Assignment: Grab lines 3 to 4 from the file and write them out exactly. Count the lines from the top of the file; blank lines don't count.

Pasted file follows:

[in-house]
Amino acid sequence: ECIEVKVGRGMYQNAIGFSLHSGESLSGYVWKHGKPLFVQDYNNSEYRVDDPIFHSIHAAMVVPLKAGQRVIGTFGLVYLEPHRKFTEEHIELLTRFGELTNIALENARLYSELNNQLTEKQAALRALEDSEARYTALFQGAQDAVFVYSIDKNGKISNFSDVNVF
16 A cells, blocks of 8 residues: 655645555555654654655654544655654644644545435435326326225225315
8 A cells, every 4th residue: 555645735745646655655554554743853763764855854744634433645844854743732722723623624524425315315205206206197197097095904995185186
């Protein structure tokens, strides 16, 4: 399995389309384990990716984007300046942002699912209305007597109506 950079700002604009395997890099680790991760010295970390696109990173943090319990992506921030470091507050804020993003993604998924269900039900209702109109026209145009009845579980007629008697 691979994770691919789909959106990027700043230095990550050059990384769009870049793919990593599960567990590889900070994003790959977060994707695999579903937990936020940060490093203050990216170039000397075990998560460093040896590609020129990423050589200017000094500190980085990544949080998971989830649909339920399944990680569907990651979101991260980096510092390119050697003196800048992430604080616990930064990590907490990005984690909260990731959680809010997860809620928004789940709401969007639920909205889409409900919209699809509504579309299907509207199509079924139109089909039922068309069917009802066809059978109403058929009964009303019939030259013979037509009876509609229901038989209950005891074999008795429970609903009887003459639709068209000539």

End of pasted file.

16 A cells, blocks of 8 residues: 655645555555654654655654544655654644644545435435326326225225315
8 A cells, every 4th residue: 555645735745646655655554554743853763764855854744634433645844854743732722723623624524425315315205206206197197097095904995185186